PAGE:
ATLANTIC COUNTY, NJ - Venice Park is an unusual island neighborhood in northeastern Atlantic City, New Jersey. It is surrounded by a waterway known locally as the Beach Thoroughfare on three sides, and on its remaining side by the Penrose Canal. In addition, the Venice Park Lagoon flows through the interior of the island.
When Atlantic City adopted its first flood map in February 1978, many existing Venice Park homes were 5 to 8 feet below the base flood elevation (BFE). Land erosion from tidal flooding was an ongoing problem, impacting both lot sizes and property values. Many Venice Park homeowners tried to fight the erosion with private and often unpermitted bulkheads of varied design and materials.
The New Jersey Casino Reinvestment Development Authority (CRDA) was founded in 1984 and was charged with investing a percentage of casino revenues in community economic development projects. One such investment was a mitigation strategy to prevent land erosion in Venice Park. Construction on the “Venice Park Bulkhead Project” began in 2008. The CRDA identified four areas in Venice Park that suffered the most damage from land erosion and determined that 143 property owners in those areas were losing land. The installation of steel bulkheads was recommended.
The CRDA initially reviews a potential project for eligibility and consistency with its mission and the Project Review Committee then performs an in-depth analysis. The CRDA saw the project as an opportunity to preserve homes in Venice Park. After the project was approved, the CRDA partnered with the Venice Park Civic Association in a large scale community outreach effort that overcame multiple challenges. Individual project approvals, legal permissions, and access rights from each of the 143 property owners were a few of those challenges; however, all 143 property owners approved the project.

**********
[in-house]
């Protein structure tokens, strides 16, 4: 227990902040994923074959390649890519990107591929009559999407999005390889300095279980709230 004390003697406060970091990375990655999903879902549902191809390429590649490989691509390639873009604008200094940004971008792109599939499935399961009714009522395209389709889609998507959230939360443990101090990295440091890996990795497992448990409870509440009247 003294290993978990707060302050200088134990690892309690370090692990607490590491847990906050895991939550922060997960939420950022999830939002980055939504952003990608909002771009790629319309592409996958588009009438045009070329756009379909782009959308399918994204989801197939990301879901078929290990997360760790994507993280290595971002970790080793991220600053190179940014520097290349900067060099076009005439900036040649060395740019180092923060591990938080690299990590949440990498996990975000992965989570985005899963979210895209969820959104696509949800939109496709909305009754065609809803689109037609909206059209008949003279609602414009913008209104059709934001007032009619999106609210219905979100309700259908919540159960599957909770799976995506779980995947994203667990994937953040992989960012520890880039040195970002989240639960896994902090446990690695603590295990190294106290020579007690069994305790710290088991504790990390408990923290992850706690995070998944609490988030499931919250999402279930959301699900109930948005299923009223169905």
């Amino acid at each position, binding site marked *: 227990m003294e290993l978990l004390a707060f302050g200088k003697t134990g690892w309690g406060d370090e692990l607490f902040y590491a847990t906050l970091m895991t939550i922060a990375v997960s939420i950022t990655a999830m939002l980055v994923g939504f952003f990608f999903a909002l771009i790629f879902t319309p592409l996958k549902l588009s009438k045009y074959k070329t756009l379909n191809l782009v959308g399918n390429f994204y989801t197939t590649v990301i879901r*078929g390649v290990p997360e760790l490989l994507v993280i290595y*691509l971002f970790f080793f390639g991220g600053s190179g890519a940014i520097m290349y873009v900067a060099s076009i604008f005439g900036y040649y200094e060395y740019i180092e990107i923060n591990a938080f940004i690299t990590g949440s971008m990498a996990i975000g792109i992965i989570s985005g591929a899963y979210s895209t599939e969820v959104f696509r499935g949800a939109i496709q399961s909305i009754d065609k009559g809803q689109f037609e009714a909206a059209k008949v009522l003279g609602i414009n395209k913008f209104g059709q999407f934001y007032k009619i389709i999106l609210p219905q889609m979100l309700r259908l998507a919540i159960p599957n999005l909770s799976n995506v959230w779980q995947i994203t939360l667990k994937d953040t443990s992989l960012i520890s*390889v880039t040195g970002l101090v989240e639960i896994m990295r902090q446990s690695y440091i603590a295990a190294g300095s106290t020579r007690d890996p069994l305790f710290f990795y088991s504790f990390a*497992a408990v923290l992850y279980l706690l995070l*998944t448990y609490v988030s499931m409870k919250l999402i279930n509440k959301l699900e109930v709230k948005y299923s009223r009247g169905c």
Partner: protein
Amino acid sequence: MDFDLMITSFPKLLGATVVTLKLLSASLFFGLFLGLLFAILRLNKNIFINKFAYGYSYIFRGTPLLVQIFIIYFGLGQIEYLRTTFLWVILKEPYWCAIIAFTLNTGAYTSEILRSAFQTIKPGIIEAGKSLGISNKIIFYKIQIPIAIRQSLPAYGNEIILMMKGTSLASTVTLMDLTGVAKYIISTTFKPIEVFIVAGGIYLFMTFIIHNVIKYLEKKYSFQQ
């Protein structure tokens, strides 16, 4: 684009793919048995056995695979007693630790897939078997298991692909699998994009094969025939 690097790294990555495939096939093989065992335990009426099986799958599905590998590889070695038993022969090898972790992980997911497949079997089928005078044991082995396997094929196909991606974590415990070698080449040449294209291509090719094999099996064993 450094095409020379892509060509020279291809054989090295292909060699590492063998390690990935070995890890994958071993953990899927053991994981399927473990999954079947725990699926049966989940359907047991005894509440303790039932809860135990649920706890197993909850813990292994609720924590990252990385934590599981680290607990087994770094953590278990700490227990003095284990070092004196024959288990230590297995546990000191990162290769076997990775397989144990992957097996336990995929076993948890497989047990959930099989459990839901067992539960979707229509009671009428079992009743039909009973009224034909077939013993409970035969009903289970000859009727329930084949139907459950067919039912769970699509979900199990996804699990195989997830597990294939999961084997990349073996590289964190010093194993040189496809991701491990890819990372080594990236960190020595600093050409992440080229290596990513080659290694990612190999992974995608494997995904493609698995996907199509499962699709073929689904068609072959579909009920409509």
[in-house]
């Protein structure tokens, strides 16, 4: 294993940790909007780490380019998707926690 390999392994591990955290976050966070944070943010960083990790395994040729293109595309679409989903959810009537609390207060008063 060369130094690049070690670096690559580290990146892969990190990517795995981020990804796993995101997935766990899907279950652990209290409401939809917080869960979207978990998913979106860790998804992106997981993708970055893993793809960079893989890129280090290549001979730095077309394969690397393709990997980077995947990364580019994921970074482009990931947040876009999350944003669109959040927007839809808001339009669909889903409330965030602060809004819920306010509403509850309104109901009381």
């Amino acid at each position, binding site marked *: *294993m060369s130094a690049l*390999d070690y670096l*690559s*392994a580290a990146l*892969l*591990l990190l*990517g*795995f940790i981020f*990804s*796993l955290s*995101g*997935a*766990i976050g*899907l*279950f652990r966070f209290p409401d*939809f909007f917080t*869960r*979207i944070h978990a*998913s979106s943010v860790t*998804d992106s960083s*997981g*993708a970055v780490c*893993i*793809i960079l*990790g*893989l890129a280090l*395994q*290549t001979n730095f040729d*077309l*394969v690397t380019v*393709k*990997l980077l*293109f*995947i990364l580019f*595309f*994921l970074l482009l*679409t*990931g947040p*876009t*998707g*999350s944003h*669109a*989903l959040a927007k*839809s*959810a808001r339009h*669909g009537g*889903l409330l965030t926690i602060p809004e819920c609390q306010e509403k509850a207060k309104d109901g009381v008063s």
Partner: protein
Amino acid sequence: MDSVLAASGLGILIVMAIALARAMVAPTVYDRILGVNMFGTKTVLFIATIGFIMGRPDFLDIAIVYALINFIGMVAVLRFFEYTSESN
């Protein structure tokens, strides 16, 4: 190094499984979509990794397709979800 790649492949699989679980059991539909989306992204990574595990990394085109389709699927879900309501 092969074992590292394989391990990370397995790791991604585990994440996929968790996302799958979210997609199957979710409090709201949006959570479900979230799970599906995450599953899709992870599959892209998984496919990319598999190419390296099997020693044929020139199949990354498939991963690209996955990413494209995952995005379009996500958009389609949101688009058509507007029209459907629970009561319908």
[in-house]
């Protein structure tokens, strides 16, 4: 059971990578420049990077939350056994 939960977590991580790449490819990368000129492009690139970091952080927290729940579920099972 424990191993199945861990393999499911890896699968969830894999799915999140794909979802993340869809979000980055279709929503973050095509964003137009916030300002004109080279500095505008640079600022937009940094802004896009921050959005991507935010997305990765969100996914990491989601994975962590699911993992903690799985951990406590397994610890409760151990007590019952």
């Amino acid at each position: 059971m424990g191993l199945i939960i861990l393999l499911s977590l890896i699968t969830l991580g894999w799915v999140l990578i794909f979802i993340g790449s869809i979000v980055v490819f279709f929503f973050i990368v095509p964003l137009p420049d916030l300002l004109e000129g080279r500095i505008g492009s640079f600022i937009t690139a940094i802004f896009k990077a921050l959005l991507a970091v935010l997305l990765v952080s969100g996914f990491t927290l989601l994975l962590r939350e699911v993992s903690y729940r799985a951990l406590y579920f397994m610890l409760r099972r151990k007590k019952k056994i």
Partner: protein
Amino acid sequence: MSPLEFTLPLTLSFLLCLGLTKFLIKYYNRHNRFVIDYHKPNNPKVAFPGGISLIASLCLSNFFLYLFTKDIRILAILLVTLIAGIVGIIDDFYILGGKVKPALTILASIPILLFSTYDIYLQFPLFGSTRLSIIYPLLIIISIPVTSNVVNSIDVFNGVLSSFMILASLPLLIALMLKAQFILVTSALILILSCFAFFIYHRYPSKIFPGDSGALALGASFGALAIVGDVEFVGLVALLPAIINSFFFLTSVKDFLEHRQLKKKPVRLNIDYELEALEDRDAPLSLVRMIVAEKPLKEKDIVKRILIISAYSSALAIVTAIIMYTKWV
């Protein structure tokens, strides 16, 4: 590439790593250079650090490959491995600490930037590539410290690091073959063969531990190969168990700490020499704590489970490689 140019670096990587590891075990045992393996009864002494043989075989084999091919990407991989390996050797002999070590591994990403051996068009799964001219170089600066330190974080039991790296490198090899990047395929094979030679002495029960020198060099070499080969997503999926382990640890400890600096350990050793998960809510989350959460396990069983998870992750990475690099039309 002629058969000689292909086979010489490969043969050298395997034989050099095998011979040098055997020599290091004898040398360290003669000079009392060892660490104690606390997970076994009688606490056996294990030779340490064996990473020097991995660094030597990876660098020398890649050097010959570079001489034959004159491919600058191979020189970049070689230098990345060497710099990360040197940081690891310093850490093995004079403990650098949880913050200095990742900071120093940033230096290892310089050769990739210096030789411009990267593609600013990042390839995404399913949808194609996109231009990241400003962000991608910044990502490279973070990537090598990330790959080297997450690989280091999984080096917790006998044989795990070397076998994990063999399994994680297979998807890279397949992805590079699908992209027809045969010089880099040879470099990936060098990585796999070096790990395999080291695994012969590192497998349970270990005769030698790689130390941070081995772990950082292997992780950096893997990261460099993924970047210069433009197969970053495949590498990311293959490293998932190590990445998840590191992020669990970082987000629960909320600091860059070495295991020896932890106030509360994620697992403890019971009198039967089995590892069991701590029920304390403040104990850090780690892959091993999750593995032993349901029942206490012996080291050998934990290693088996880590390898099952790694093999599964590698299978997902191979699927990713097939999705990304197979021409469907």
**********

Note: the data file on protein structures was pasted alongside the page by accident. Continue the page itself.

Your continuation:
The engineering aspect of the Venice Park Bulkhead Project was as complex as the legal issues. For example, constructing the bulkheads to prevent damage to nearby homes required a high degree of skill and planning. The project was completed in 2009 at a final cost of $14 million, wholly paid by casino revenues.
Lot erosion in Venice Park is now minimal and affected property values have stabilized. All unpermitted bulkheads on participating properties have been replaced with the best, most effective engineered bulkhead designs available.